10 April 2017 — The Science of Altruism


Effective July 1, 2016, by new Rotary International rule, Clubs must meet a minimum of twice each month, regardless of format (in person or online) or date/time. Accordingly, our Club has adopted a policy of two meetings per month, on a mid-month Monday at noon and the usual Fourth Sunday in-person meeting. If time and topic call for additional online Programs, we will be pleased to provide them.


SUNDAY, APRIL 23 — 12:30 pm to 2:00 pmOur FOURTH SUNDAY meeting for April! Special guest speaker: Diana Sanchez, on the topic of the LAMP project for the modernization of LAX. LOCATION: Denny’s Sherman Oaks, corner of Burbank and Sepulveda Boulevards. Board Meeting expected to happen this month, 11:15 a.m. before the main meeting.









In general, Rotarians tend to be “giving” people.  That’s the point of a Rotary Club: not to be in a Club, but to do good in the world as part of a team.  On the sliding scale you’ll learn about in this TED Talk, we’re hope to be well off to the good side.  Just the same, is there science behind why some people tend to be more giving than others…sometimes even to an extreme?


If the embedded video does not work, please click here to view it on its TED Talk page.



The opinions expressed by guest speakers, or in advertisements that appear on external websites linked to this program, are those of the speaker(s) / websites / advertisers and not necessarily of the Rotary E-Club of The Greater San Fernando Valley or its members. No endorsement is implied. Programs are presented for informational purposes only.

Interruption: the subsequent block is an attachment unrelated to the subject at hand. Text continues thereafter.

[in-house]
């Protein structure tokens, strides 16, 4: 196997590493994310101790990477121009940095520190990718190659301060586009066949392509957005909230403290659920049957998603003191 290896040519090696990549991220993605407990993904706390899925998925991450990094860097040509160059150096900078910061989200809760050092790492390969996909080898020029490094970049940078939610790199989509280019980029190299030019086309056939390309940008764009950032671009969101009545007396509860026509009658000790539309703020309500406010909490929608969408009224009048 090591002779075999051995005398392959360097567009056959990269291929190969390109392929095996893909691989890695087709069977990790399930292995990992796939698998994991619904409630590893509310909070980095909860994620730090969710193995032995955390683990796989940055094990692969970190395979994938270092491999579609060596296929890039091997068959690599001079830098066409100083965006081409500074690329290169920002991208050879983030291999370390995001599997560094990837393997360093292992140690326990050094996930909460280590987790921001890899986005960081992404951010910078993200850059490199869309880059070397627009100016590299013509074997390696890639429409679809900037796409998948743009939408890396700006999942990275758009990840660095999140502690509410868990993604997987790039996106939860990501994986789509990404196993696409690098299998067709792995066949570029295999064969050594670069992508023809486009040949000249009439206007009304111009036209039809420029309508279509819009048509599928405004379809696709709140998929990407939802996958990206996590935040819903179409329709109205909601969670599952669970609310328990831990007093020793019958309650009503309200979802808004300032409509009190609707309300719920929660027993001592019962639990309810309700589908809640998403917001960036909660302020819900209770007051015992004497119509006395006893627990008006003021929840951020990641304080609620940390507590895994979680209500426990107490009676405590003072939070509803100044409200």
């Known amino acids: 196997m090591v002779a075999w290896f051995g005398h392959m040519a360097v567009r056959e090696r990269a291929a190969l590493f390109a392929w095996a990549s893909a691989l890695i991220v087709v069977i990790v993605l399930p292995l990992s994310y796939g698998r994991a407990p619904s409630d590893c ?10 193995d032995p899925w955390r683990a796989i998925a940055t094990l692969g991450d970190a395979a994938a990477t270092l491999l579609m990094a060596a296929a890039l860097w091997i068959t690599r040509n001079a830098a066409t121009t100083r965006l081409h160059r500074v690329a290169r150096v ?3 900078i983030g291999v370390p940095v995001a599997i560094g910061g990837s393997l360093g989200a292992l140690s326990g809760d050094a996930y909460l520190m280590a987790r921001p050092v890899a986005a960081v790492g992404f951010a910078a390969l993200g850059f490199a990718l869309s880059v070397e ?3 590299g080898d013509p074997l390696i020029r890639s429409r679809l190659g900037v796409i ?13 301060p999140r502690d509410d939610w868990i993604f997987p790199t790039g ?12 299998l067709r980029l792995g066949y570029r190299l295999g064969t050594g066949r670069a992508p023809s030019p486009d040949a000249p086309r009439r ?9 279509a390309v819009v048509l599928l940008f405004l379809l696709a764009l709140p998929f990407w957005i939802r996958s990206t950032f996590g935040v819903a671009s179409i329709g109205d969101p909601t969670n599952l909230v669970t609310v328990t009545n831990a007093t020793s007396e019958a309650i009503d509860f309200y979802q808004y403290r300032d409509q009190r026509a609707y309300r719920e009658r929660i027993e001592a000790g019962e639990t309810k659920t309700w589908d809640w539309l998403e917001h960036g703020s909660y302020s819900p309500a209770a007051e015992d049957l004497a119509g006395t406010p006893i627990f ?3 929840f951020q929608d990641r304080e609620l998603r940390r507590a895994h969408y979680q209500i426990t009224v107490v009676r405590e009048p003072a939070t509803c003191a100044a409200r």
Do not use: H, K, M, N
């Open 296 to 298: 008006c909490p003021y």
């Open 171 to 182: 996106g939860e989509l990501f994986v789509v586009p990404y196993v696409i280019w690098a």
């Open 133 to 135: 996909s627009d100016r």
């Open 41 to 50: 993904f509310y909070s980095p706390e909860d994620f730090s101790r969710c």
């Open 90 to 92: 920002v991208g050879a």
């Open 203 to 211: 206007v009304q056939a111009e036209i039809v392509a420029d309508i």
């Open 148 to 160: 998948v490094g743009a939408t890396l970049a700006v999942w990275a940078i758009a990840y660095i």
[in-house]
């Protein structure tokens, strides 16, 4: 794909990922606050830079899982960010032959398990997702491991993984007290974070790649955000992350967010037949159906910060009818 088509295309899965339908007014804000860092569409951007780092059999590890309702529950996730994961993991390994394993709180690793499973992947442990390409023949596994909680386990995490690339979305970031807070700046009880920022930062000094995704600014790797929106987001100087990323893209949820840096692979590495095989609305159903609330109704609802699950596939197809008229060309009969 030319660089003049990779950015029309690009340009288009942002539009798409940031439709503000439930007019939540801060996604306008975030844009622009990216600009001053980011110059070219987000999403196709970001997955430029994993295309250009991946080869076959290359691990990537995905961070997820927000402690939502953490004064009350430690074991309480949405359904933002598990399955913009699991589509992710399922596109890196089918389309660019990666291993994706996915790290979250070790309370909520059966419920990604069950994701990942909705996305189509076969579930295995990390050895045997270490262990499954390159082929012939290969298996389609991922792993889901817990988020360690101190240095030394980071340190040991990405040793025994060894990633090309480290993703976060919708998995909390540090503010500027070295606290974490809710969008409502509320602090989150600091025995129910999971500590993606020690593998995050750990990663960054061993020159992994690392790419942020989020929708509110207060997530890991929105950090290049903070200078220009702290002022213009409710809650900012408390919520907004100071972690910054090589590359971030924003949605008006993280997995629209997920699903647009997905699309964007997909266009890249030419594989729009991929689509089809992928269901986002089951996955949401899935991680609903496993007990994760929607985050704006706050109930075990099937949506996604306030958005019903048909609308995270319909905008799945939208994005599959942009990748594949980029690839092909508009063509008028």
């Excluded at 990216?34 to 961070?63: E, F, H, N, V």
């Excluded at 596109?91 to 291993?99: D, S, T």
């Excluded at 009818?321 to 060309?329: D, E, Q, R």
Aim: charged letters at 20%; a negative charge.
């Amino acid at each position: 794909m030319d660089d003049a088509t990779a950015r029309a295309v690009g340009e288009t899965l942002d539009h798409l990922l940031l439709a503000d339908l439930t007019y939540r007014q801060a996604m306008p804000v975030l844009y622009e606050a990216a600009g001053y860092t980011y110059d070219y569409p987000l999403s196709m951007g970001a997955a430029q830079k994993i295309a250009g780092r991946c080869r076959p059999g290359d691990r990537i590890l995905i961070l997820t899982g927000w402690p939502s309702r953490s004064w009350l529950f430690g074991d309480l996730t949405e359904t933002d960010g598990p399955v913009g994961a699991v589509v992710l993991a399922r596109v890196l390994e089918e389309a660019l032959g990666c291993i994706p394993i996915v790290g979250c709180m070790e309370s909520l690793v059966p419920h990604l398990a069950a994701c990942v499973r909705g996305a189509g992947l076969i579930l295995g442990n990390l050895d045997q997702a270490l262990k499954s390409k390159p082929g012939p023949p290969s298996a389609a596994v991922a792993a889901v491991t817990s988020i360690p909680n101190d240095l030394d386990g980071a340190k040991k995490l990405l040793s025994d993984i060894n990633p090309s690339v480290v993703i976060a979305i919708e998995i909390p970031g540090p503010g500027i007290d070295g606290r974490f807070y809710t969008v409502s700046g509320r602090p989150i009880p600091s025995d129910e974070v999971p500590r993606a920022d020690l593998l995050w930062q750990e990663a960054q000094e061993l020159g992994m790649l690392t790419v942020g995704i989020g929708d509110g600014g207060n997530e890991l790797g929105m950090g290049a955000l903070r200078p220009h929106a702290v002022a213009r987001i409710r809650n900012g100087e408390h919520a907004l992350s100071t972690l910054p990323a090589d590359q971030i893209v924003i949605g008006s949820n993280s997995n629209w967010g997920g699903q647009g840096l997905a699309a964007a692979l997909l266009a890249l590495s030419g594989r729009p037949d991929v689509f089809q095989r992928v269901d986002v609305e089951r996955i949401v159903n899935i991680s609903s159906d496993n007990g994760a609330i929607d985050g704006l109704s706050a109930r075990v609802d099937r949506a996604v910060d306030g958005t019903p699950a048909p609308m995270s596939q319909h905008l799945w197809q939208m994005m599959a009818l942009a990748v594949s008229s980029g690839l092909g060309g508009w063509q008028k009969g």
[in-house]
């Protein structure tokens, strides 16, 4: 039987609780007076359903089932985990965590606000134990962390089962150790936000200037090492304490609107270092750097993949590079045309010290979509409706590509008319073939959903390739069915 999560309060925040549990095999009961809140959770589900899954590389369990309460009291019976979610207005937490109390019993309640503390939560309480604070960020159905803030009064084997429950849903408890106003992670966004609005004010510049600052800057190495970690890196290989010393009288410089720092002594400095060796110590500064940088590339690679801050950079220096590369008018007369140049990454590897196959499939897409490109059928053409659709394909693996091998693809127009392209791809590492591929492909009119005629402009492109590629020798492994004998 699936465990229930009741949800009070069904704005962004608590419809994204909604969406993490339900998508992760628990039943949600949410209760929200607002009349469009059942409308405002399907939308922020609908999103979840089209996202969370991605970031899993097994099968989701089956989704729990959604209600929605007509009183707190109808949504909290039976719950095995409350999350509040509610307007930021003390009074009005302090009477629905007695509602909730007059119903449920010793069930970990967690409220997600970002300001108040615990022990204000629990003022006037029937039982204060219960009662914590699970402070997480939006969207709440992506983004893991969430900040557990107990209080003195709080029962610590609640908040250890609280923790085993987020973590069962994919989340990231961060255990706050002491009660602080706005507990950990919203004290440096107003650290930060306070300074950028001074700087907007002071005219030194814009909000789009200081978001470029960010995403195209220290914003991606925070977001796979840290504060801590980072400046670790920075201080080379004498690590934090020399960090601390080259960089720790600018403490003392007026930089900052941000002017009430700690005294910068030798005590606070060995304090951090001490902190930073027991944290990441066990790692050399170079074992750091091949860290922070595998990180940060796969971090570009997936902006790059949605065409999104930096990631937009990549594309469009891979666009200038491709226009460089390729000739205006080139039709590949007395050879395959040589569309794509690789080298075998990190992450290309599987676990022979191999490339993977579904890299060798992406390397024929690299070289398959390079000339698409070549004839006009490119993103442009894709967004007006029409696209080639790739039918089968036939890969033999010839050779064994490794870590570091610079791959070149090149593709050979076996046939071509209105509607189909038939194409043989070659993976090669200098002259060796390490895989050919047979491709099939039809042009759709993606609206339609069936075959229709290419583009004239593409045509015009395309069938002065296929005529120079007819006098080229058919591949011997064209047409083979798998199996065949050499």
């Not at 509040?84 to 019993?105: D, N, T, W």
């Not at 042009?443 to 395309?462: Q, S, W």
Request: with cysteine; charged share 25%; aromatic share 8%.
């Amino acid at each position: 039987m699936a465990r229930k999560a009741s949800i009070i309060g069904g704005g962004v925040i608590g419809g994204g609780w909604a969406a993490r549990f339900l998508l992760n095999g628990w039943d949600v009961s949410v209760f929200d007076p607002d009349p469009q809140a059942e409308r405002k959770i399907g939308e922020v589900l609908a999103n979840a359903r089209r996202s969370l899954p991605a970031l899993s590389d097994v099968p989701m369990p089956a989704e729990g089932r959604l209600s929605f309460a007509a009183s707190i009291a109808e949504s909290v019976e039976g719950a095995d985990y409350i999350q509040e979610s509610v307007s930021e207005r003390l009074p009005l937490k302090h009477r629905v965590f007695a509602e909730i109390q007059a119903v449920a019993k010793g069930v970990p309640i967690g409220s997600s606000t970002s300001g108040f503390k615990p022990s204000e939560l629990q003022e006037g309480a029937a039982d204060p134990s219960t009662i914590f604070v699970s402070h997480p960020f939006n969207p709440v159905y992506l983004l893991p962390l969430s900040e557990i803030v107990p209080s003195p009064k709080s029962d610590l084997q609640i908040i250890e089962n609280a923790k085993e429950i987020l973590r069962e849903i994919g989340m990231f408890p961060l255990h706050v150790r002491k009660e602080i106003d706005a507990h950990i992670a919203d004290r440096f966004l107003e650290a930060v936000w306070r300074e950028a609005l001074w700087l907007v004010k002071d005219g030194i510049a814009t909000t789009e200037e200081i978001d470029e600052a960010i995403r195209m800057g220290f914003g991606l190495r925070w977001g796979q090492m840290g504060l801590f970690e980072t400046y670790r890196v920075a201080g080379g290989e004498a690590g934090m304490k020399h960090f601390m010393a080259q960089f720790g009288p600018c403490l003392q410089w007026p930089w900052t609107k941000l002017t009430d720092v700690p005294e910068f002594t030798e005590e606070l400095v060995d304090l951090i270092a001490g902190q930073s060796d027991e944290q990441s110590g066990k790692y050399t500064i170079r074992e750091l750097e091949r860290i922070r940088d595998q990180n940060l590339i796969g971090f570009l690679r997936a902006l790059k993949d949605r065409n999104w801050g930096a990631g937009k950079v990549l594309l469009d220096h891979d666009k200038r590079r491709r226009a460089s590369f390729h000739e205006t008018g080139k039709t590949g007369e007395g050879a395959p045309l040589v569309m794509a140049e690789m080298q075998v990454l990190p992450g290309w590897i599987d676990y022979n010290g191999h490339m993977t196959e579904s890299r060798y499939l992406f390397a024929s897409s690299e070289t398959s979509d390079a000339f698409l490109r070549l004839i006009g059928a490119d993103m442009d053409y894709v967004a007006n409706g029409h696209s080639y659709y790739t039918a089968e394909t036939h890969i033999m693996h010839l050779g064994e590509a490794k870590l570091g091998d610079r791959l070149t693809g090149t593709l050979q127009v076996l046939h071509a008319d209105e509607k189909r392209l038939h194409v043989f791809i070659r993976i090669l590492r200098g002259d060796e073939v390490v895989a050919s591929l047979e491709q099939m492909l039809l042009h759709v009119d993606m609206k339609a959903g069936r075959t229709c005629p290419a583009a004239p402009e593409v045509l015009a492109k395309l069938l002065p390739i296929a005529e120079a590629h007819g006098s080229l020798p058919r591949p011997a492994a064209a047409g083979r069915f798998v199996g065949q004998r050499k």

3 responses to 10 April 2017 — The Science of Altruism

  1. Wow. Loved this presentation. Thanks!

  2. Thank you for posting this TED Talk. As situations across the globe arise that cause us pause, it is important to realize the impact we can have on one another in a positive and beneficial way.

  3. That talk was especially interesting to me, because I was the beneficiary of a very altruistic young man who donated stem cells to me five years ago for a bone marrow transplant. He was half a world away and only knew that he was a genetic match for someone somewhere else who was in desperate need of his cells. I don’t know whether he had a larger amygdala than normal as the speaker suggests or whether he had come from a culture that instilled altruism in him. Whatever the reason I am here today because of it.

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